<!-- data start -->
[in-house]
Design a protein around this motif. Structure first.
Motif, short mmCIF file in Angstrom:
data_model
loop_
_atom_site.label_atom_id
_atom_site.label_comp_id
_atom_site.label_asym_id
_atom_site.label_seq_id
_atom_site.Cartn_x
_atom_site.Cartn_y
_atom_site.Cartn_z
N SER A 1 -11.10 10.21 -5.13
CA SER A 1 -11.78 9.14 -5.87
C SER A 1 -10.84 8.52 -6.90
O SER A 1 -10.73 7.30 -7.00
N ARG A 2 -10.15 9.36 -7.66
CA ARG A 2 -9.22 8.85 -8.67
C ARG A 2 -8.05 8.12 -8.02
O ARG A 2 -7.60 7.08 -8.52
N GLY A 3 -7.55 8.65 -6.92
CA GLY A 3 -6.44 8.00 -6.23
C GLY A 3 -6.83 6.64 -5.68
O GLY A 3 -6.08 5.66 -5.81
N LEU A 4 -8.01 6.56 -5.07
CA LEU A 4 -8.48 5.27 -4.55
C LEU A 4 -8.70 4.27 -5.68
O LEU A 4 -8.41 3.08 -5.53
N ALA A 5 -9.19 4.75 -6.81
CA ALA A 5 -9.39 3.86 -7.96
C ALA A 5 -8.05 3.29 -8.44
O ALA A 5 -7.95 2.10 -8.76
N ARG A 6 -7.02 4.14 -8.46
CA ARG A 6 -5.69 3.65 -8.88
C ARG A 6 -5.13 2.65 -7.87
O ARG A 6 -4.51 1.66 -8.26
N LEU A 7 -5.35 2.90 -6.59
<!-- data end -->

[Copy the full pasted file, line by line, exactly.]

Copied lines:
[in-house]
Design a protein around this motif. Structure first.
Motif, short mmCIF file in Angstrom:
data_model
loop_
_atom_site.label_atom_id
_atom_site.label_comp_id
_atom_site.label_asym_id
_atom_site.label_seq_id
_atom_site.Cartn_x
_atom_site.Cartn_y
_atom_site.Cartn_z
N SER A 1 -11.10 10.21 -5.13
CA SER A 1 -11.78 9.14 -5.87
C SER A 1 -10.84 8.52 -6.90
O SER A 1 -10.73 7.30 -7.00
N ARG A 2 -10.15 9.36 -7.66
CA ARG A 2 -9.22 8.85 -8.67
C ARG A 2 -8.05 8.12 -8.02
O ARG A 2 -7.60 7.08 -8.52
N GLY A 3 -7.55 8.65 -6.92
CA GLY A 3 -6.44 8.00 -6.23
C GLY A 3 -6.83 6.64 -5.68
O GLY A 3 -6.08 5.66 -5.81
N LEU A 4 -8.01 6.56 -5.07
CA LEU A 4 -8.48 5.27 -4.55
C LEU A 4 -8.70 4.27 -5.68
O LEU A 4 -8.41 3.08 -5.53
N ALA A 5 -9.19 4.75 -6.81
CA ALA A 5 -9.39 3.86 -7.96
C ALA A 5 -8.05 3.29 -8.44
O ALA A 5 -7.95 2.10 -8.76
N ARG A 6 -7.02 4.14 -8.46
CA ARG A 6 -5.69 3.65 -8.88
C ARG A 6 -5.13 2.65 -7.87
O ARG A 6 -4.51 1.66 -8.26
N LEU A 7 -5.35 2.90 -6.59